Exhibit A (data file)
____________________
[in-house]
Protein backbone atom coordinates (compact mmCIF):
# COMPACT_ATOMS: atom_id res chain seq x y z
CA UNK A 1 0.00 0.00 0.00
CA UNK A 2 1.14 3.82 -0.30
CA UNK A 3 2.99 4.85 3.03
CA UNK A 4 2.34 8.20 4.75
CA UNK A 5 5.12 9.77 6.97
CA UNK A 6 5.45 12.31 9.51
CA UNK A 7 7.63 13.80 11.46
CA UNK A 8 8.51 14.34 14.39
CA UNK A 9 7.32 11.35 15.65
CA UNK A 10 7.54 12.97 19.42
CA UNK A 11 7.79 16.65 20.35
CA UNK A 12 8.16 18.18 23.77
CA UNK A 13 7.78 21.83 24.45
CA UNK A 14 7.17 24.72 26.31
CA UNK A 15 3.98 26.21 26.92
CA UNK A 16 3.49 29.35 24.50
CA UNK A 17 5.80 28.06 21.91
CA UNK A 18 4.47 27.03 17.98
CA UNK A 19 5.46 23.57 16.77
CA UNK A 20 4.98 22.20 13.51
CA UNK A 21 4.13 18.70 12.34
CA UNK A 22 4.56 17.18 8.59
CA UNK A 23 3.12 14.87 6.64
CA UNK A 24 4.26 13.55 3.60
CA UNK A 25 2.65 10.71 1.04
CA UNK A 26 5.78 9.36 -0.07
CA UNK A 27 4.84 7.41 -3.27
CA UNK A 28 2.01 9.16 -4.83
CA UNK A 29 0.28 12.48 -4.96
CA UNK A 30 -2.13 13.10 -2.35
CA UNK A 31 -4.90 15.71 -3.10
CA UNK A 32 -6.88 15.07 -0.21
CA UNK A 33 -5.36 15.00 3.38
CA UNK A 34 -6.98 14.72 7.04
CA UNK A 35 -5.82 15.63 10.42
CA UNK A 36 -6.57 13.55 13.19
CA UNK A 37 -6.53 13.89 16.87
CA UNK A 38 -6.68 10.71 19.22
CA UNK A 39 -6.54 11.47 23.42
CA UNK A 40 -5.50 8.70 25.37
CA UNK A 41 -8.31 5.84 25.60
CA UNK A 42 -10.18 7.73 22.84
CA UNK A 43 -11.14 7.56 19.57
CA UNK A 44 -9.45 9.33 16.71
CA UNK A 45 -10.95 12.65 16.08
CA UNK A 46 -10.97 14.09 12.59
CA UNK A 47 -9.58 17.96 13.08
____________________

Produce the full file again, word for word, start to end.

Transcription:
[in-house]
Protein backbone atom coordinates (compact mmCIF):
# COMPACT_ATOMS: atom_id res chain seq x y z
CA UNK A 1 0.00 0.00 0.00
CA UNK A 2 1.14 3.82 -0.30
CA UNK A 3 2.99 4.85 3.03
CA UNK A 4 2.34 8.20 4.75
CA UNK A 5 5.12 9.77 6.97
CA UNK A 6 5.45 12.31 9.51
CA UNK A 7 7.63 13.80 11.46
CA UNK A 8 8.51 14.34 14.39
CA UNK A 9 7.32 11.35 15.65
CA UNK A 10 7.54 12.97 19.42
CA UNK A 11 7.79 16.65 20.35
CA UNK A 12 8.16 18.18 23.77
CA UNK A 13 7.78 21.83 24.45
CA UNK A 14 7.17 24.72 26.31
CA UNK A 15 3.98 26.21 26.92
CA UNK A 16 3.49 29.35 24.50
CA UNK A 17 5.80 28.06 21.91
CA UNK A 18 4.47 27.03 17.98
CA UNK A 19 5.46 23.57 16.77
CA UNK A 20 4.98 22.20 13.51
CA UNK A 21 4.13 18.70 12.34
CA UNK A 22 4.56 17.18 8.59
CA UNK A 23 3.12 14.87 6.64
CA UNK A 24 4.26 13.55 3.60
CA UNK A 25 2.65 10.71 1.04
CA UNK A 26 5.78 9.36 -0.07
CA UNK A 27 4.84 7.41 -3.27
CA UNK A 28 2.01 9.16 -4.83
CA UNK A 29 0.28 12.48 -4.96
CA UNK A 30 -2.13 13.10 -2.35
CA UNK A 31 -4.90 15.71 -3.10
CA UNK A 32 -6.88 15.07 -0.21
CA UNK A 33 -5.36 15.00 3.38
CA UNK A 34 -6.98 14.72 7.04
CA UNK A 35 -5.82 15.63 10.42
CA UNK A 36 -6.57 13.55 13.19
CA UNK A 37 -6.53 13.89 16.87
CA UNK A 38 -6.68 10.71 19.22
CA UNK A 39 -6.54 11.47 23.42
CA UNK A 40 -5.50 8.70 25.37
CA UNK A 41 -8.31 5.84 25.60
CA UNK A 42 -10.18 7.73 22.84
CA UNK A 43 -11.14 7.56 19.57
CA UNK A 44 -9.45 9.33 16.71
CA UNK A 45 -10.95 12.65 16.08
CA UNK A 46 -10.97 14.09 12.59
CA UNK A 47 -9.58 17.96 13.08